Possible solution: Mueller could simply table his report on obstruction and wait until the investigation on Russian meddling is over before releasing everything at once. That probably means we’d see nothing before the midterms one way or another, which would defuse the bomb (for now). But there’s a problem with that. Trump has been begging to be exonerated by the Justice Department ASAP for months. That was his main gripe with Jim Comey: Although Comey told him privately several times that he wasn’t under investigation (yet?), he wouldn’t say so publicly. Trump’s legal team even dangled the prospect of a presidential interview at Mueller not long ago in return for a solemn promise to wrap up the obstruction investigation within 60 days after. That’s how eager they are for this to end. And you can understand why. POTUS wants to get out from under the cloud of Russiagate, at least with respect to his own culpability. It’s a constant distraction. *If* he’s as innocent as he claims, nothing would suit him better than to have Mueller clear him as quickly as he’s able to. Mueller owes that to the country, in fact. Whether Trump is innocent or guilty, America deserves to know if its president is or isn’t in criminal jeopardy with all due speed. So that’s what Mueller’s going to do, whatever that means to the midterms.

There’s one more possibility. Mueller could, of course, end up clearing Trump on the obstruction charge. What would that do to the midterms? It can only help the GOP, one would think. Trump would probably get a bounce in the polls as the cloud of suspicion over him lifts for some centrist voters and Democratic enthusiasm to put Pelosi and her impeachment attack dogs in charge of the House would wane. We might still see a blue wave, but conceivably something less than tidal.

Per WaPo, Mueller’s waiting to hear from the president himself before wrapping up the obstruction inquiry. “Mueller reiterated the need to interview Trump — both to understand whether he had any corrupt intent to thwart the Russia investigation and to complete this portion of his probe,” last night’s story claimed. In other words, he seems to be agreeing to the offer Trump’s own team made before albeit without a firm 60-day timetable: Sit for an interview now and the obstruction investigation will be over soon-ish. From Trump’s perspective, though, that seems like a strong incentive *not* to talk to Mueller. If the special counsel is currently unsure of the president’s intent to obstruct, it’s best not to speak to him and let him go on being unsure. That way, how can Mueller recommend charges? Even if he concludes that there’s probable cause to believe Trump intended to obstruct the investigation, Trump can always counter by saying that Mueller can’t really know that since they never had an interview. Plus, if Trump gives him a definitive no on answering questions, maybe Mueller will finish the report early and submit it before summer. The sooner that’s done, the more time the electorate will have to process the findings and settle down before fall if the findings are no bueno.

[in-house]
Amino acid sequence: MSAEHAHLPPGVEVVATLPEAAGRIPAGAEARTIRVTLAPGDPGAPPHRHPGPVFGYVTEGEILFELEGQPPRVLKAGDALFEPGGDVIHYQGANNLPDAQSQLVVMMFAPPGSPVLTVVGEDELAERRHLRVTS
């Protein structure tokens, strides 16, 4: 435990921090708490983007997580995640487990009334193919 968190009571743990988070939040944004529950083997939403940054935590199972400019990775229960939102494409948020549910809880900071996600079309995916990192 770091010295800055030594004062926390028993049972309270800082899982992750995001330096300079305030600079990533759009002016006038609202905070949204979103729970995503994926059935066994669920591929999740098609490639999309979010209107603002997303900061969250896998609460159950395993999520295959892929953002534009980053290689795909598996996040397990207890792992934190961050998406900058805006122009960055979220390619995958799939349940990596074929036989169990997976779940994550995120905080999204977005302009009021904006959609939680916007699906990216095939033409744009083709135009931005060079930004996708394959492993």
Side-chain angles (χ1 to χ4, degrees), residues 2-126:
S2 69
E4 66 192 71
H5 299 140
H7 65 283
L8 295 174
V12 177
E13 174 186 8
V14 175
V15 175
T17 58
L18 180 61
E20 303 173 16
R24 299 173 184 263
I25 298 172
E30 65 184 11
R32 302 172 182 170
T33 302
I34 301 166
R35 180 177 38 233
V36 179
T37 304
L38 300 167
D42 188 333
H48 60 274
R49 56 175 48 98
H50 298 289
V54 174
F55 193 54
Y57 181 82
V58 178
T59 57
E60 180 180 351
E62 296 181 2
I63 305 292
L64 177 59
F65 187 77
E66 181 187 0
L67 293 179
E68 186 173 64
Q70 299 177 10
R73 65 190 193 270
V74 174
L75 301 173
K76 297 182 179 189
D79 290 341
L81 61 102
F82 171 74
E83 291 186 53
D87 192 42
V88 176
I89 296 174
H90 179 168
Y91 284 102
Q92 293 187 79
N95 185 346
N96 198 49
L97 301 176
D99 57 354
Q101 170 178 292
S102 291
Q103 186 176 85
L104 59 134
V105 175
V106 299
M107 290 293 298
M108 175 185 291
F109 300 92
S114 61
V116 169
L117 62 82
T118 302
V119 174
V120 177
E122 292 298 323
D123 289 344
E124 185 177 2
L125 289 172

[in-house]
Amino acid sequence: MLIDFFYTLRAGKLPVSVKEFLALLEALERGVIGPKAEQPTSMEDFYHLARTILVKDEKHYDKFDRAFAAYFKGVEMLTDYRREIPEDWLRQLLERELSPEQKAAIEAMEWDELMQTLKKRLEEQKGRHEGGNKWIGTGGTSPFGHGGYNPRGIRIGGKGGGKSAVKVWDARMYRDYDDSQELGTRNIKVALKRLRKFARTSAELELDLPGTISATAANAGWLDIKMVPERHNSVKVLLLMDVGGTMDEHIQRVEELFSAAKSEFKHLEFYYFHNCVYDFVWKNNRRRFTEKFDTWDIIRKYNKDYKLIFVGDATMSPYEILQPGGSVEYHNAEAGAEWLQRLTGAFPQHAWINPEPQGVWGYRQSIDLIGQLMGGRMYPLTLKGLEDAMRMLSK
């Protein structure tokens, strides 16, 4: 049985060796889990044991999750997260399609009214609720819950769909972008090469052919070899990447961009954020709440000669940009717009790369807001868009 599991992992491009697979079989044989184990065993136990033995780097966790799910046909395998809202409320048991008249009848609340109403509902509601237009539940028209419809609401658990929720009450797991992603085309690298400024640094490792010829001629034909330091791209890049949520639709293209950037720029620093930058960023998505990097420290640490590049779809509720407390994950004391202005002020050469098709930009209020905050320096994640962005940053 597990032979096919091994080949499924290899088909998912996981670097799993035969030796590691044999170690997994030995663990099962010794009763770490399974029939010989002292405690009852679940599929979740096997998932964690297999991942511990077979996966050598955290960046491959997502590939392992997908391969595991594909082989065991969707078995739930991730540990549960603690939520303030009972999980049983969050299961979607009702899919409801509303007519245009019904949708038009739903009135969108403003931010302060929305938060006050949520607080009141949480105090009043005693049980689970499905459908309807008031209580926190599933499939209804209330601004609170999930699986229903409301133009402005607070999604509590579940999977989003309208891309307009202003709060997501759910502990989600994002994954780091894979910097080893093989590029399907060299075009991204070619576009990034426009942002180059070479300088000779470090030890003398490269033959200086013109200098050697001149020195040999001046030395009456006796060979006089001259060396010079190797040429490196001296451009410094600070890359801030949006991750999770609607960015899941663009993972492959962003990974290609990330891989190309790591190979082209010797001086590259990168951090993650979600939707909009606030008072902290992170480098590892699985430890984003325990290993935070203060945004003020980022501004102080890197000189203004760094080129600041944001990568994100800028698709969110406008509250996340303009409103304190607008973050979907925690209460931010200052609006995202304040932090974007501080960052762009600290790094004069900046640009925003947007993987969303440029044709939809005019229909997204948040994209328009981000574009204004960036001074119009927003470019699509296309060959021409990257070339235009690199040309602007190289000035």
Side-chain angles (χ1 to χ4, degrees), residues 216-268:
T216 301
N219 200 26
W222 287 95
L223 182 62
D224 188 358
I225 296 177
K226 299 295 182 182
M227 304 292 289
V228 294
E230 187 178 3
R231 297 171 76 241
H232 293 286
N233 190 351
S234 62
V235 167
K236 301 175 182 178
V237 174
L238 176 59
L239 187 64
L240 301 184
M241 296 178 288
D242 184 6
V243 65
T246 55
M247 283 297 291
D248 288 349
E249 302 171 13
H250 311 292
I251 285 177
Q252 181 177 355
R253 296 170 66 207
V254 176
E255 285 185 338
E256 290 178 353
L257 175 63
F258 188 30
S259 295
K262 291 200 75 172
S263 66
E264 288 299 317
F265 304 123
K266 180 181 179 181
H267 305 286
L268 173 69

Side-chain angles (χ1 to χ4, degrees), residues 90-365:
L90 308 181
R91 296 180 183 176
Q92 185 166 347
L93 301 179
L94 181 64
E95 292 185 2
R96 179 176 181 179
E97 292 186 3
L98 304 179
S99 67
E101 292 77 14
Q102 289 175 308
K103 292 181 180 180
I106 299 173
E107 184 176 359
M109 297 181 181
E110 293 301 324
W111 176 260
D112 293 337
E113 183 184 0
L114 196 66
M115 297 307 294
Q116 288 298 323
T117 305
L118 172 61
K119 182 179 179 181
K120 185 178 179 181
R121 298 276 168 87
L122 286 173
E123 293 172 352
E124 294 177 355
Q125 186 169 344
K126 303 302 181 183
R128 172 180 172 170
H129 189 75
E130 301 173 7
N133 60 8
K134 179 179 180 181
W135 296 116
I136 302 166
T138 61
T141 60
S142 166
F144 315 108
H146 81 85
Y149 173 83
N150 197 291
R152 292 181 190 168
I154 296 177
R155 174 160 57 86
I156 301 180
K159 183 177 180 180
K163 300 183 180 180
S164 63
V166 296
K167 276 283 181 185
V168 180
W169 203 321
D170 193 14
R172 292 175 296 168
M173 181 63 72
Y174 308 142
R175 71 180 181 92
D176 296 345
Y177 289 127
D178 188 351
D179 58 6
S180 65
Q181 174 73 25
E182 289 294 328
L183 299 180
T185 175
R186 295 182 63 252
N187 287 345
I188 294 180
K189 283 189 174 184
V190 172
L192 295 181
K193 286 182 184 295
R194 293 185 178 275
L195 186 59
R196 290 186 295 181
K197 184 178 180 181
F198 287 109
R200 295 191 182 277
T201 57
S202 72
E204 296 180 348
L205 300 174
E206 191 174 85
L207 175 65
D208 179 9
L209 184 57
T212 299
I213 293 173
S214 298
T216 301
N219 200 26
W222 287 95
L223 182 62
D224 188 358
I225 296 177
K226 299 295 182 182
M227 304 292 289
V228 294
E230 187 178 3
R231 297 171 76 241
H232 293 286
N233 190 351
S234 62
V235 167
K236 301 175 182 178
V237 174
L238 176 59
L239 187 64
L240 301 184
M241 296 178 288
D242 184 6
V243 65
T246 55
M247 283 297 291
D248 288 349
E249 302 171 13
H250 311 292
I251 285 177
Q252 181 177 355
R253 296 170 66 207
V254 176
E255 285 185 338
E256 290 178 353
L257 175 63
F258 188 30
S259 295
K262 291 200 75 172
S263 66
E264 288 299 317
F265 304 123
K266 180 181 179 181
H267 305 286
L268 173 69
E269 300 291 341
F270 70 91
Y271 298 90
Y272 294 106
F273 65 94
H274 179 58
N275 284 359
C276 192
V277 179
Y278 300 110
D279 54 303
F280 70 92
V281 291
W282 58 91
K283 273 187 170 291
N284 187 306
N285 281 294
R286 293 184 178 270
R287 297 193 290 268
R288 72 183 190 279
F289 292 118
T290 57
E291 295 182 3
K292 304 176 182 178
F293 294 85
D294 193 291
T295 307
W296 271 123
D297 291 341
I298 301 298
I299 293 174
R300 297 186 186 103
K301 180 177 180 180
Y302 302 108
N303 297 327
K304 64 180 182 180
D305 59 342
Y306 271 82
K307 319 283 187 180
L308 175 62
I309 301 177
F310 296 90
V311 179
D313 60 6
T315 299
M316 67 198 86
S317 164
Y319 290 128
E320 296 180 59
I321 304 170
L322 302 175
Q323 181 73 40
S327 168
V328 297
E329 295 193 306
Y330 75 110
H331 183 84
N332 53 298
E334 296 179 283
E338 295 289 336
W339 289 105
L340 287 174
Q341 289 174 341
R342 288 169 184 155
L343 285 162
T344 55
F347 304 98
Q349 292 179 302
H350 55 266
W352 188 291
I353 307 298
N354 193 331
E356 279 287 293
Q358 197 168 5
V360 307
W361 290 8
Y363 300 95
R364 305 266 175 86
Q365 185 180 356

Anyway. I’m sure this will all be wrapped up soon.

Here’s Trey Gowdy last night on CNN encouraging Trump to do the interview, which is terrible legal advice. I know he’s a former (and maybe future) prosecutor and sticks to the line that the innocent have nothing to hide, but that’s garbage. POTUS would be a sucker to listen to him. Exit question: Can Trump be guilty of obstruction by offering a pardon to Paul Manafort or Mike Flynn when the president’s constitutional power to issue pardons is absolute? Maybe!